Really, though, the system seems to have evolved awkwardly because there’s really no such thing as a mass market paperback anymore. Those items were exactly that, small cheap volumes you could tuck into a pocket or bag. During the war, the US produced copies printed vertically so that they could be slipped more easily into a uniform. Modern mass market copies are markedly larger than the old ones, and really function as trade paperbacks to the point where it would make sense to get rid of one format, and simply call the trade paperback a mass market edition. Hardbacks exist because there is a small steady market of hardback buyers who purchase books as gifts and keepsakes.
I would ideally love to see a beautiful hardback, a small paperback and an electronic version (the Kindle is weak at replicating non-fiction books with glossy inserts). The trade paperback trims a few quid off the hardback, and was created to allow purchasers to be early readers without having to pay full whack for the hardback, but now that the e-version exists for that purpose it seems the trade paperback has become a bit of a tonsil.
Publishers are understandably reluctant to abandon it while sales hold steady, though I have a feeling buyers do so simply because it’s there. If you removed it and released a mass-market edition simultaneously, surely hardback sales and mass market sales would climb? The year-long wait for a more portable paper edition seems utterly absurd, and must be driving more and more readers away to ebooks.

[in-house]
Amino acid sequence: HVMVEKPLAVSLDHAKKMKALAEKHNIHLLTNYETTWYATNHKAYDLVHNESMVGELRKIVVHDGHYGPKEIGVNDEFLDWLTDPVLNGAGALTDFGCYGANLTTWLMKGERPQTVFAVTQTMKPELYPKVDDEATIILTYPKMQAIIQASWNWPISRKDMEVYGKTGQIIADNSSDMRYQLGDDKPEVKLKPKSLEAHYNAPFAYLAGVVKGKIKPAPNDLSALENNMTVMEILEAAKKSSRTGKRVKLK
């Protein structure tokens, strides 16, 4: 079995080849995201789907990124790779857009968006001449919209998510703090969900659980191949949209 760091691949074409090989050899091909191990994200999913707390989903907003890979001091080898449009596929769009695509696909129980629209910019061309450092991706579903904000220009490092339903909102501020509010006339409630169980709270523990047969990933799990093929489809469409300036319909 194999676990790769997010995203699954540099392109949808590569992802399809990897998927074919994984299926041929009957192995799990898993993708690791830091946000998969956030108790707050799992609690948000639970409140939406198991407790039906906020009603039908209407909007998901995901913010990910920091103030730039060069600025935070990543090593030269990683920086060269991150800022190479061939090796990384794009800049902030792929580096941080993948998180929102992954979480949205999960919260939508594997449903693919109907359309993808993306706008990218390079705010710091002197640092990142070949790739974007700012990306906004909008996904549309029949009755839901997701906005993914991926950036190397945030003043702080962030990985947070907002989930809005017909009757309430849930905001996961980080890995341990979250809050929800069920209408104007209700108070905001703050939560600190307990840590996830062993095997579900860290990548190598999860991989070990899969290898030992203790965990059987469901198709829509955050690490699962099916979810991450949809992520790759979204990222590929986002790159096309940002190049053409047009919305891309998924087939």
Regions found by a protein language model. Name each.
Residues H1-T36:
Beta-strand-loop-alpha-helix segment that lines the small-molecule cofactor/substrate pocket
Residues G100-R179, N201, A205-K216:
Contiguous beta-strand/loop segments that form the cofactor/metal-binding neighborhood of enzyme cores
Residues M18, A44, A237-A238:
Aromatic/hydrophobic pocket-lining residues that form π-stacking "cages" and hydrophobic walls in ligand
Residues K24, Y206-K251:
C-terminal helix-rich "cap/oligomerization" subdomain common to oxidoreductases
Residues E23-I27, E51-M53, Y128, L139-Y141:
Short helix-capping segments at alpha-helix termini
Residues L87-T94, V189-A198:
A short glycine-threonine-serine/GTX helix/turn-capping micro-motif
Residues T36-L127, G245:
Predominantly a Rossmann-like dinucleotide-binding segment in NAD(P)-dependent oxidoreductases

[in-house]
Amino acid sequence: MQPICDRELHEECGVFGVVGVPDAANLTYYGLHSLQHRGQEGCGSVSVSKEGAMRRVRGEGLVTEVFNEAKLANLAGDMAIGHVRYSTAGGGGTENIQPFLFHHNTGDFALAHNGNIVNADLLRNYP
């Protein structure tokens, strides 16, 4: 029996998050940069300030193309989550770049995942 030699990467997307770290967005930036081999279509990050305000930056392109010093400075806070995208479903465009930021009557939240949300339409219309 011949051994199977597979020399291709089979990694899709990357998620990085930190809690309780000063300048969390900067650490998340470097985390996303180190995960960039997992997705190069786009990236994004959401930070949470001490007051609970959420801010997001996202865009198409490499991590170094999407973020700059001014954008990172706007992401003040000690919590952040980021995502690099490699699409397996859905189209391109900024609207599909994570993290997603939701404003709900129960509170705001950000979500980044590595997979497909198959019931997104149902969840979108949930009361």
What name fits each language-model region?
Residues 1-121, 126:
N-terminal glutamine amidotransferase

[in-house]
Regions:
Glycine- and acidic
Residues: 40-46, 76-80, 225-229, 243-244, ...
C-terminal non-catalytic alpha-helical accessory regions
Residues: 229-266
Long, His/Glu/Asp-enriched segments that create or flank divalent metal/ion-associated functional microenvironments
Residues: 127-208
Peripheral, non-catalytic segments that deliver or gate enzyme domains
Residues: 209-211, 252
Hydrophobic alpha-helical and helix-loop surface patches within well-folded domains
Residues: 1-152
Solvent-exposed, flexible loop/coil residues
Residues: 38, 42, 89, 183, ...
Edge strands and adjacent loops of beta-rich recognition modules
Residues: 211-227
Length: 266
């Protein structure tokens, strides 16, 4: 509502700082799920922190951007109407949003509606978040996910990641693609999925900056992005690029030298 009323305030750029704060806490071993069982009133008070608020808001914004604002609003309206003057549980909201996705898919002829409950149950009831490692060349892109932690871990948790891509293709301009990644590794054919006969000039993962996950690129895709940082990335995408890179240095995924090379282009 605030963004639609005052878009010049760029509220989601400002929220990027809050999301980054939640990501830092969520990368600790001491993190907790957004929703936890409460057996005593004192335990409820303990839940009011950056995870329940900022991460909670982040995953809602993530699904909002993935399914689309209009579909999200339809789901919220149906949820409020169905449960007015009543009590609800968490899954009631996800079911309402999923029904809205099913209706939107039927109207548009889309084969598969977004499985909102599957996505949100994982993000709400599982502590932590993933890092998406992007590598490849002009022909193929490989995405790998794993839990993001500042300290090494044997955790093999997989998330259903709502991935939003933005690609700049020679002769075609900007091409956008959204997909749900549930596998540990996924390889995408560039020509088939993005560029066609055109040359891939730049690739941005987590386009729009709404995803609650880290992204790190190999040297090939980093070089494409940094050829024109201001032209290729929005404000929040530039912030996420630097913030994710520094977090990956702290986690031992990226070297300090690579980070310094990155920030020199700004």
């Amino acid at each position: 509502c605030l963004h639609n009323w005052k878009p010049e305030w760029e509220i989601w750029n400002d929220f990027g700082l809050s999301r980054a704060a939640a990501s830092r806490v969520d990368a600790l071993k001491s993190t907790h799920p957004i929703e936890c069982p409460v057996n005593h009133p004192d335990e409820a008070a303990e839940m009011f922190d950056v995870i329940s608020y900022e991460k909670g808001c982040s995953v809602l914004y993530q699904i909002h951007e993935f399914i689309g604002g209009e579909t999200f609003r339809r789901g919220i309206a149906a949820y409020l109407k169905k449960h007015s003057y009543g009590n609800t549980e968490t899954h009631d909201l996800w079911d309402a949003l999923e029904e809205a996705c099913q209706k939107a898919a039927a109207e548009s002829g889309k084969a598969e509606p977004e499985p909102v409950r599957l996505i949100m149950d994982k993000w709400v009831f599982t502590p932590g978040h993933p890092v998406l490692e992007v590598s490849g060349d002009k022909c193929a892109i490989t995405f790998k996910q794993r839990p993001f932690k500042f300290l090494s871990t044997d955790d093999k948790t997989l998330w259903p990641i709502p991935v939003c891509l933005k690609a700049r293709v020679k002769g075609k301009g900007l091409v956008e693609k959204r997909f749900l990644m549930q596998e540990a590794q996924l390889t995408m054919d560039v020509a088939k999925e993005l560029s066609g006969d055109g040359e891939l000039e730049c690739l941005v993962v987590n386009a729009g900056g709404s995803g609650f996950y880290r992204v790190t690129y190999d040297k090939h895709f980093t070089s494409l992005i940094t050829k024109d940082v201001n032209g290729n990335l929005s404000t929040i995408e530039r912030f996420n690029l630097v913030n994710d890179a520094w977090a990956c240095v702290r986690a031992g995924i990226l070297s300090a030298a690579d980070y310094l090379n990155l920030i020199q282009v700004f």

I’d love to see some research on this, but have yet to find any. Generally authors with large back catalogues are making money from e-sales now. I was talking to Michael Moorcock last night and he told me his revenue has gone up (sorry, I just had to say that! Another childhood hero met!) But that only works if your old publishers have put out your backlist as ebooks – which mine haven’t done.
So, three formats or four? What do you think, fellow readers?
Where in Central London is this and what does it have to do with a state in America?
The London of the Kray twins has pretty much gone now. I was reminded of this while watching Peter Medak’s excellent film again last night.
It’s official; in terms of property, London is the most expensive city in the world. (Not for the cost of living – that’s Tokyo.)